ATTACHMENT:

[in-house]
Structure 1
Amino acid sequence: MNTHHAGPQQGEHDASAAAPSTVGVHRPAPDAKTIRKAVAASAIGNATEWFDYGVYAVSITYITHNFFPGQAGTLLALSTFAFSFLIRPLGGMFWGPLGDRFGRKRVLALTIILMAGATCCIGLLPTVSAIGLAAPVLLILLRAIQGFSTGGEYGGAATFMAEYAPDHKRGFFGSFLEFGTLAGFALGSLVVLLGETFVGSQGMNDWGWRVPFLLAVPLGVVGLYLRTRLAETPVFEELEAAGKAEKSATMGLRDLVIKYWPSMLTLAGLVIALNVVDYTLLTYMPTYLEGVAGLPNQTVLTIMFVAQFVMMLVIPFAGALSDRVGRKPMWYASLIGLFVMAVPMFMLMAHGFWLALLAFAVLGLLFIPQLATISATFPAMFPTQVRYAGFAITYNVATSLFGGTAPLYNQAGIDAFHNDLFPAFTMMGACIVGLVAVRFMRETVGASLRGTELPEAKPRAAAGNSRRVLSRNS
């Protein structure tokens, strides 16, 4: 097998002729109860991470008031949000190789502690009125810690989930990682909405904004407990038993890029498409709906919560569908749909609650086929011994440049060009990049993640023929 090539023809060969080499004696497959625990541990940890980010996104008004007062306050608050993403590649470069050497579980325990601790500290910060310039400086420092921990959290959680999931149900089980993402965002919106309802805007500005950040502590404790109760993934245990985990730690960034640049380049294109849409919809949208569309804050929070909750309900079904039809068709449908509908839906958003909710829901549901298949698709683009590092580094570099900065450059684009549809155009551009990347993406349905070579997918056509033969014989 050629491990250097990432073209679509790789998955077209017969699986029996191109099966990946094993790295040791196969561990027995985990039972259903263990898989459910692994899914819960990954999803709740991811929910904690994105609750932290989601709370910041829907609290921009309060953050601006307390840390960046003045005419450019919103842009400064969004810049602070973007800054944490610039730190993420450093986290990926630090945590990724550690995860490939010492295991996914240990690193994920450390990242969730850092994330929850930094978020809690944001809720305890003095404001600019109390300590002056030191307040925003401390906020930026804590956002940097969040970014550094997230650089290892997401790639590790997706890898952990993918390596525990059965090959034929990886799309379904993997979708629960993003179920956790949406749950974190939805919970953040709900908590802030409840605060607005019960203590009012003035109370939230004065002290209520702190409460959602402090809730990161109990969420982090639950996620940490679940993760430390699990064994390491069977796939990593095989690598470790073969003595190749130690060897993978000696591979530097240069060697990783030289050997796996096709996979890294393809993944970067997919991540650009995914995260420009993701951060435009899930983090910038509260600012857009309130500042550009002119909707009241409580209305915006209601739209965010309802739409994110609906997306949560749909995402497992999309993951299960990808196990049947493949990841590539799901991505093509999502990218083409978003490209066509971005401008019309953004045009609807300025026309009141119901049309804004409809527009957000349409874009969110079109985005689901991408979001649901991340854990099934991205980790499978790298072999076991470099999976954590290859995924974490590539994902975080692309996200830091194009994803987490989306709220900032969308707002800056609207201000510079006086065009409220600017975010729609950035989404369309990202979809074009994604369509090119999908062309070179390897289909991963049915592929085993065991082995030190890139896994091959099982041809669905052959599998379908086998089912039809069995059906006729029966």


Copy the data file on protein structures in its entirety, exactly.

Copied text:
[in-house]
Structure 1
Amino acid sequence: MNTHHAGPQQGEHDASAAAPSTVGVHRPAPDAKTIRKAVAASAIGNATEWFDYGVYAVSITYITHNFFPGQAGTLLALSTFAFSFLIRPLGGMFWGPLGDRFGRKRVLALTIILMAGATCCIGLLPTVSAIGLAAPVLLILLRAIQGFSTGGEYGGAATFMAEYAPDHKRGFFGSFLEFGTLAGFALGSLVVLLGETFVGSQGMNDWGWRVPFLLAVPLGVVGLYLRTRLAETPVFEELEAAGKAEKSATMGLRDLVIKYWPSMLTLAGLVIALNVVDYTLLTYMPTYLEGVAGLPNQTVLTIMFVAQFVMMLVIPFAGALSDRVGRKPMWYASLIGLFVMAVPMFMLMAHGFWLALLAFAVLGLLFIPQLATISATFPAMFPTQVRYAGFAITYNVATSLFGGTAPLYNQAGIDAFHNDLFPAFTMMGACIVGLVAVRFMRETVGASLRGTELPEAKPRAAAGNSRRVLSRNS
């Protein structure tokens, strides 16, 4: 097998002729109860991470008031949000190789502690009125810690989930990682909405904004407990038993890029498409709906919560569908749909609650086929011994440049060009990049993640023929 090539023809060969080499004696497959625990541990940890980010996104008004007062306050608050993403590649470069050497579980325990601790500290910060310039400086420092921990959290959680999931149900089980993402965002919106309802805007500005950040502590404790109760993934245990985990730690960034640049380049294109849409919809949208569309804050929070909750309900079904039809068709449908509908839906958003909710829901549901298949698709683009590092580094570099900065450059684009549809155009551009990347993406349905070579997918056509033969014989 050629491990250097990432073209679509790789998955077209017969699986029996191109099966990946094993790295040791196969561990027995985990039972259903263990898989459910692994899914819960990954999803709740991811929910904690994105609750932290989601709370910041829907609290921009309060953050601006307390840390960046003045005419450019919103842009400064969004810049602070973007800054944490610039730190993420450093986290990926630090945590990724550690995860490939010492295991996914240990690193994920450390990242969730850092994330929850930094978020809690944001809720305890003095404001600019109390300590002056030191307040925003401390906020930026804590956002940097969040970014550094997230650089290892997401790639590790997706890898952990993918390596525990059965090959034929990886799309379904993997979708629960993003179920956790949406749950974190939805919970953040709900908590802030409840605060607005019960203590009012003035109370939230004065002290209520702190409460959602402090809730990161109990969420982090639950996620940490679940993760430390699990064994390491069977796939990593095989690598470790073969003595190749130690060897993978000696591979530097240069060697990783030289050997796996096709996979890294393809993944970067997919991540650009995914995260420009993701951060435009899930983090910038509260600012857009309130500042550009002119909707009241409580209305915006209601739209965010309802739409994110609906997306949560749909995402497992999309993951299960990808196990049947493949990841590539799901991505093509999502990218083409978003490209066509971005401008019309953004045009609807300025026309009141119901049309804004409809527009957000349409874009969110079109985005689901991408979001649901991340854990099934991205980790499978790298072999076991470099999976954590290859995924974490590539994902975080692309996200830091194009994803987490989306709220900032969308707002800056609207201000510079006086065009409220600017975010729609950035989404369309990202979809074009994604369509090119999908062309070179390897289909991963049915592929085993065991082995030190890139896994091959099982041809669905052959599998379908086998089912039809069995059906006729029966």